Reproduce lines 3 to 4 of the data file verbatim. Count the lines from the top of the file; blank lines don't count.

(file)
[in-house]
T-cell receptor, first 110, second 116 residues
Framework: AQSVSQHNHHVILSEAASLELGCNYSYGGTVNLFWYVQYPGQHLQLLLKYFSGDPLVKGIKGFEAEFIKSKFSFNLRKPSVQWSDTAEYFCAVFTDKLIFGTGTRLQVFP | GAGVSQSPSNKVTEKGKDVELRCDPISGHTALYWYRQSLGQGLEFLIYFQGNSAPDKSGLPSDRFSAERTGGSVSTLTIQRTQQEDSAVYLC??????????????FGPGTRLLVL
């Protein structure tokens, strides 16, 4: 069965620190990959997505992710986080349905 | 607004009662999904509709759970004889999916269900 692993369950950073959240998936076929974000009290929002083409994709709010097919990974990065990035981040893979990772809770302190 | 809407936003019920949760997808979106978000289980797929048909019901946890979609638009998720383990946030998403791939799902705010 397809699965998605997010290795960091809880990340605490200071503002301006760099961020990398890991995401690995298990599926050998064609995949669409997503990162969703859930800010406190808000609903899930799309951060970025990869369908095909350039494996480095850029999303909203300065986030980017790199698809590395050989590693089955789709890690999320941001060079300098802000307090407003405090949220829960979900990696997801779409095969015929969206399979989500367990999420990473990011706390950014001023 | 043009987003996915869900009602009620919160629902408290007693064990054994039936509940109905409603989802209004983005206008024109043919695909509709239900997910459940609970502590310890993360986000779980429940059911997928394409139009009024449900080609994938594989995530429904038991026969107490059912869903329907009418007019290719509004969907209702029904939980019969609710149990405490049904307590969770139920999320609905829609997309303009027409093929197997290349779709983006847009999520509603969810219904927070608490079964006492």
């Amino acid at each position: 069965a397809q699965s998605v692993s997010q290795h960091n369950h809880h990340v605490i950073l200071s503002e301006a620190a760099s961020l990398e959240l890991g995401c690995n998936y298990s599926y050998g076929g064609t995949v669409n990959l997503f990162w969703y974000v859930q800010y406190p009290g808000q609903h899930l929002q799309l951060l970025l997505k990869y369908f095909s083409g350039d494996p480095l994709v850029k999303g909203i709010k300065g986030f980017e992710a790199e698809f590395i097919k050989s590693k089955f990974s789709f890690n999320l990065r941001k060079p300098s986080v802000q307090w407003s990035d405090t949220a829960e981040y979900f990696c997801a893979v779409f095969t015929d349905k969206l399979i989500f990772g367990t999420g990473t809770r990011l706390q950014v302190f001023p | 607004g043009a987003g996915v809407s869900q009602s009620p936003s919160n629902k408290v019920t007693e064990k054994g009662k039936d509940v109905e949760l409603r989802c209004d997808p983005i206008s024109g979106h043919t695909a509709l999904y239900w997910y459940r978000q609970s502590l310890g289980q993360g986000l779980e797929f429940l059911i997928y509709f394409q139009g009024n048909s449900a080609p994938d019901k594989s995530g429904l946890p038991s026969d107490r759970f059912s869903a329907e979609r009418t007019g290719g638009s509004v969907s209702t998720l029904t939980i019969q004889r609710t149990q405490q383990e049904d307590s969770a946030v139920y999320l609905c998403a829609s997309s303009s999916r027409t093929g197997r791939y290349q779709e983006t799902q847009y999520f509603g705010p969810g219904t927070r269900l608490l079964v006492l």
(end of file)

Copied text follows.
Framework: AQSVSQHNHHVILSEAASLELGCNYSYGGTVNLFWYVQYPGQHLQLLLKYFSGDPLVKGIKGFEAEFIKSKFSFNLRKPSVQWSDTAEYFCAVFTDKLIFGTGTRLQVFP | GAGVSQSPSNKVTEKGKDVELRCDPISGHTALYWYRQSLGQGLEFLIYFQGNSAPDKSGLPSDRFSAERTGGSVSTLTIQRTQQEDSAVYLC??????????????FGPGTRLLVL
């Protein structure tokens, strides 16, 4: 069965620190990959997505992710986080349905 | 607004009662999904509709759970004889999916269900 692993369950950073959240998936076929974000009290929002083409994709709010097919990974990065990035981040893979990772809770302190 | 809407936003019920949760997808979106978000289980797929048909019901946890979609638009998720383990946030998403791939799902705010 397809699965998605997010290795960091809880990340605490200071503002301006760099961020990398890991995401690995298990599926050998064609995949669409997503990162969703859930800010406190808000609903899930799309951060970025990869369908095909350039494996480095850029999303909203300065986030980017790199698809590395050989590693089955789709890690999320941001060079300098802000307090407003405090949220829960979900990696997801779409095969015929969206399979989500367990999420990473990011706390950014001023 | 043009987003996915869900009602009620919160629902408290007693064990054994039936509940109905409603989802209004983005206008024109043919695909509709239900997910459940609970502590310890993360986000779980429940059911997928394409139009009024449900080609994938594989995530429904038991026969107490059912869903329907009418007019290719509004969907209702029904939980019969609710149990405490049904307590969770139920999320609905829609997309303009027409093929197997290349779709983006847009999520509603969810219904927070608490079964006492």